In particular, you should never assume that the time it takes to travel will be constant. This means that merely sending start and stop messages to move entities will never suffice under either model. You need to send periodic updates of the actual state (typically several times a second for faster games) so that the recipient can correct error in its predictions and interpolations.

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If client see events happening at the rate the server is feeding him, which is the normal way to do it (I've worked with protocols of Ultima Online, KalOnline and a little bit of World of Warcraft), then this momentaneous 5 secounds delay would just make him receive this 5 secounds of events all at once and see those events passing really fast or near instantly, as other players would see him "walking" really fast for a short distance if his outputs delay too. After that everything flows normally again. Actually, except for graphic and physics normalization, I can't see any special needs to make it synchronize properly, it just synchronize itself.

If you ever played Valve games in two near computers you would notice they don't care much about minor details like "the exact place where you died" or "where you dead body gibs flyed to". It is all up to client side and totally affected by latency, but this is irrelevant.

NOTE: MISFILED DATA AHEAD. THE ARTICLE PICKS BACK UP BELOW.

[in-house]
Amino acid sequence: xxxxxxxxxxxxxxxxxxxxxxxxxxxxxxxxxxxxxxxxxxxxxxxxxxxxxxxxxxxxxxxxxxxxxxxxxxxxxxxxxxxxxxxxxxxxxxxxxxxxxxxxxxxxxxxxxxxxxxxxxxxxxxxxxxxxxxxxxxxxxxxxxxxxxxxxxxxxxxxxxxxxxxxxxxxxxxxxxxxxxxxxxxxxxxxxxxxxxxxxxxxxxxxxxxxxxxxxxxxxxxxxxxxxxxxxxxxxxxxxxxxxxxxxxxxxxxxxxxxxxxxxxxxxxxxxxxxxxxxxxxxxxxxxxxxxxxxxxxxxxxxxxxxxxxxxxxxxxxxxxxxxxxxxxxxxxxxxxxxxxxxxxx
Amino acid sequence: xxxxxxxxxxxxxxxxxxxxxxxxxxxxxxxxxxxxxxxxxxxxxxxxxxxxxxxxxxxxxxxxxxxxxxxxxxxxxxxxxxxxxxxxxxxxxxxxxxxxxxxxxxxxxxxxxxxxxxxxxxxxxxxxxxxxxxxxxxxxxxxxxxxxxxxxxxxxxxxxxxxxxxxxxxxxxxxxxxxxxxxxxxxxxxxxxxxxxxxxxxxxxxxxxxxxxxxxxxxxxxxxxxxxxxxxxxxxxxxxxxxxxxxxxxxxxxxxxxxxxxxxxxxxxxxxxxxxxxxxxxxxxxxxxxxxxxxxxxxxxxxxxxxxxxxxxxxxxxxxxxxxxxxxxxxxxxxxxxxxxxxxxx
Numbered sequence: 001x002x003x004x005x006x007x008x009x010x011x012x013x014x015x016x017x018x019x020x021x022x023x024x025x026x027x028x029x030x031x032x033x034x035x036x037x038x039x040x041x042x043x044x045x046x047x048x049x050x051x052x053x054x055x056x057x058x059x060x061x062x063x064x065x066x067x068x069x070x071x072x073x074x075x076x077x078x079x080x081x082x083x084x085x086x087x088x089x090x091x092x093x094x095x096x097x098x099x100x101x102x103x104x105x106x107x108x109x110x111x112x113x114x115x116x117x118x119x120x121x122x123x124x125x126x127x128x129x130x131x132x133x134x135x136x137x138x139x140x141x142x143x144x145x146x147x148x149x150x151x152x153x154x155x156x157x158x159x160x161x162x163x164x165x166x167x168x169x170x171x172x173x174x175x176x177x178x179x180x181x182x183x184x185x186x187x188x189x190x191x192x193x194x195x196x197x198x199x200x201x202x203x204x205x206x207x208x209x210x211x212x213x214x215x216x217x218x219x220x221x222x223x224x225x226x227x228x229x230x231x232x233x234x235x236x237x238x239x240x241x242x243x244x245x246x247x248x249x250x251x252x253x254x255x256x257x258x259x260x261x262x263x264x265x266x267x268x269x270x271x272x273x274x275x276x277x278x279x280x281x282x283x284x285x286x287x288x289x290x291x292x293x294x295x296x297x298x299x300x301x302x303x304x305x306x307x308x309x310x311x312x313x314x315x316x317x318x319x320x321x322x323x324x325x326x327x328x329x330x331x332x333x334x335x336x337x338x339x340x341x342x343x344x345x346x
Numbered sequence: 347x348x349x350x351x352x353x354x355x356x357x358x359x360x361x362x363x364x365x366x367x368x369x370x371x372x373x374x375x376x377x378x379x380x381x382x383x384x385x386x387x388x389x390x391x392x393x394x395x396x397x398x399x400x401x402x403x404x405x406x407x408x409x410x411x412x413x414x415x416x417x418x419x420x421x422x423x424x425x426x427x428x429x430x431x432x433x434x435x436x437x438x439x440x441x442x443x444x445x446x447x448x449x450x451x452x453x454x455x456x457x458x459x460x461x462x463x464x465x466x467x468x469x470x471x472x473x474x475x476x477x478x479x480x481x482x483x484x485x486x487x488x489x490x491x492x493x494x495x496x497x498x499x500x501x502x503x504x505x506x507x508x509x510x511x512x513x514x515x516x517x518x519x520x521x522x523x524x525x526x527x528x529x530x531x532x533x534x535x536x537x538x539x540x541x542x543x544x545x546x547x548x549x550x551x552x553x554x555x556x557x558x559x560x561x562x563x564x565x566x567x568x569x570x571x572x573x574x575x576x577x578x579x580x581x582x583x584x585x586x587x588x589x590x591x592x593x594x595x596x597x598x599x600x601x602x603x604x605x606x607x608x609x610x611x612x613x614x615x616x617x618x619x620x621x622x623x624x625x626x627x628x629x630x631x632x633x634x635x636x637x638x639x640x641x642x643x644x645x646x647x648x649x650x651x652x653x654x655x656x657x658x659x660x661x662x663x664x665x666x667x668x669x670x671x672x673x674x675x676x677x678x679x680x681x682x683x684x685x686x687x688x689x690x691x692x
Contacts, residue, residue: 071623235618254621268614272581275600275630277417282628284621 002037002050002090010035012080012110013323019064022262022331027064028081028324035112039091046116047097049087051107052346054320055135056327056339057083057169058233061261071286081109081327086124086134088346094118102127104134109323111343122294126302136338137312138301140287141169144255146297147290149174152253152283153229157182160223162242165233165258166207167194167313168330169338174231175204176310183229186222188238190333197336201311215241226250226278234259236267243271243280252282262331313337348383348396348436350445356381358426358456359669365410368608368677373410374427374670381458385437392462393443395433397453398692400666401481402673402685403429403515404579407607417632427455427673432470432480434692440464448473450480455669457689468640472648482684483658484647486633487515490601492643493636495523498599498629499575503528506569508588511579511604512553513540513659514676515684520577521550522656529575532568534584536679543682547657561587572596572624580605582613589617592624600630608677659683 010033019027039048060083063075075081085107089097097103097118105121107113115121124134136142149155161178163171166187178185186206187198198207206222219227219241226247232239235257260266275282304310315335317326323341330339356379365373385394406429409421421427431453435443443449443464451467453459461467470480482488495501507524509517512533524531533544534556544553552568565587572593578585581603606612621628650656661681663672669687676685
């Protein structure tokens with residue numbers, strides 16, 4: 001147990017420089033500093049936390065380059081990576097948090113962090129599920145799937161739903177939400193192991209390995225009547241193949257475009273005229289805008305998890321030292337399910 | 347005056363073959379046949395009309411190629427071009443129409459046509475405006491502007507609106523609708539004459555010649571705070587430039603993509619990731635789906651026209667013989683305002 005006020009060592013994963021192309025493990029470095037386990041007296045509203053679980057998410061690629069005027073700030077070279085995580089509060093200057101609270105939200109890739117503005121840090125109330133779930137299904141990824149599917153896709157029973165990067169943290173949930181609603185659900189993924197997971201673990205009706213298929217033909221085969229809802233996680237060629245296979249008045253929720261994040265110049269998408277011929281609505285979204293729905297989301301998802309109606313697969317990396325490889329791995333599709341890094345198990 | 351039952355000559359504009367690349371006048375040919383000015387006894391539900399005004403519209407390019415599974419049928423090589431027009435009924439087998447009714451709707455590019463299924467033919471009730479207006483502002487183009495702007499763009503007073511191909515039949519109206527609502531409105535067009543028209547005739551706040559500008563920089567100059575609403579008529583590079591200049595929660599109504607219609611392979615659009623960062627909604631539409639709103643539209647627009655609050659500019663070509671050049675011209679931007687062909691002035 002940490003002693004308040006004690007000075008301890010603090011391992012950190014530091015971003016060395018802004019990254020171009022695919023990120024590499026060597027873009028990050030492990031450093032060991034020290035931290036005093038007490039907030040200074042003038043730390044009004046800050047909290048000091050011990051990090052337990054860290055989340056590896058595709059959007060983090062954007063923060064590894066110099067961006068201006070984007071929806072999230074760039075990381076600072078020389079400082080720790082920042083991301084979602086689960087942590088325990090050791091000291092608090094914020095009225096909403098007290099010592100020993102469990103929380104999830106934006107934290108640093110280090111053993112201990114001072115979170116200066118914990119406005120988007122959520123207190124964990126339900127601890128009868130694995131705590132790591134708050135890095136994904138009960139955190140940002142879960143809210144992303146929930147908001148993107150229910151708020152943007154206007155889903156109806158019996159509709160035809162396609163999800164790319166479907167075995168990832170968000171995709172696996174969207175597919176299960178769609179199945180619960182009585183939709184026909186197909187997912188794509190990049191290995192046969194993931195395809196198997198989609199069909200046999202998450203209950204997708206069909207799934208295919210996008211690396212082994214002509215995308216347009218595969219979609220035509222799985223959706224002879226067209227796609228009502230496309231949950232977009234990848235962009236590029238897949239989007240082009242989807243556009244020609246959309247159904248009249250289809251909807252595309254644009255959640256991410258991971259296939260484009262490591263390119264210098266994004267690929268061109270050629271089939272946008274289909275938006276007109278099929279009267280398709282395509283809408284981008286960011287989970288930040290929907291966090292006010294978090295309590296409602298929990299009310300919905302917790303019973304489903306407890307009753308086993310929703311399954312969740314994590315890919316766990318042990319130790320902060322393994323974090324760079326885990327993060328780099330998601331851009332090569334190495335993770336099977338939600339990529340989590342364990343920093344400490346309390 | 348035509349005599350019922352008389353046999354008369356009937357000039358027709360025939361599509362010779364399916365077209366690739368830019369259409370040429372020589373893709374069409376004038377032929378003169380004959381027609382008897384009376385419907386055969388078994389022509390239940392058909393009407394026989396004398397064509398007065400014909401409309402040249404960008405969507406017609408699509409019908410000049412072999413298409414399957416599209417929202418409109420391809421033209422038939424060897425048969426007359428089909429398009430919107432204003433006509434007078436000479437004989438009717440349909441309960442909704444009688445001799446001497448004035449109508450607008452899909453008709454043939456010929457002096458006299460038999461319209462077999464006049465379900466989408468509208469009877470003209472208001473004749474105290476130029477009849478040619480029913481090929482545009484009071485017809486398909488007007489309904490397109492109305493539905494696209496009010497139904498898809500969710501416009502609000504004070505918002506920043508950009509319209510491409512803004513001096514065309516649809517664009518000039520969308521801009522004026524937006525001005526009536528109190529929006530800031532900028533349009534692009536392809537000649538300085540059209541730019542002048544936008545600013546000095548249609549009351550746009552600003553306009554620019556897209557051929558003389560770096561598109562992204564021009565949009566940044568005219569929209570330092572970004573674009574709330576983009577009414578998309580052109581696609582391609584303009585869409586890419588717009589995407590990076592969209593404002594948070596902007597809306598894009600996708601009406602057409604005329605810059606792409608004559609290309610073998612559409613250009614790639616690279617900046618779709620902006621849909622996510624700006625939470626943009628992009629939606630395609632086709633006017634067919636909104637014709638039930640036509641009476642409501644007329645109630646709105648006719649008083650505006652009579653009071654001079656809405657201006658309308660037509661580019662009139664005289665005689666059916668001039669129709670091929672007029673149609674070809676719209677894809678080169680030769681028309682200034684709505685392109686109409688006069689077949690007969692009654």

After all, lagged players must accept their condition, or close their damn eMule.

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So you're saying that I should go back in time on my client and reupdate the state of the game? Say I've a player moving south. He will continue to do this on all client machines without any word from the server. If at some point he starts moving north, then all the clients will still percieve him as moving south until he they recieve notice, and once they do, they'll have to go back in time and reupdate his position since he actually wasn't moving south all the time. Since going back in time and reevaluating is not feasible I guess I could send player absolute positioning at specific inteval –  Kasper Holdum Sep 11 '09 at 19:54
    
Thats now how it should be done. This movement interpolation must have a limit, he will hang some few steps ahead unless server intervine with new information about his movements. –  Havenard Sep 12 '09 at 5:57
    
In KalOnline it is made by coordenate correction, each step he does updates the player xyz point in the world with 3 signed bytes for X, Y and Z. Other clients just interpolate the model position to the final xyz point. The interpolation is not even skipped as new changes come, it just consider the new final xyz from that moment on. –  Havenard Sep 12 '09 at 6:01

Your best option is to send the changes back to the client from the future, thereby arriving at the client at the same point in time it does for other clients that does not have lag problems.

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THat's an obvious answer, but surely opens up a potential flaw of people bottlenecking their machine purposefully before speeding it up just after a refresh? Having the chance to carry out actions before anyone else..? –  Ian Sep 11 '09 at 16:04
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Sending the packet back in time is the obvious answer? wow... –  Martin Sep 15 '09 at 20:26
    
Downvoted, answer doesn't make sense. –  CiscoIPPhone Nov 1 '10 at 8:57
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Of course it doesn't make sense, I thought that was obvious :P –  Lasse V. Karlsen Nov 1 '10 at 10:35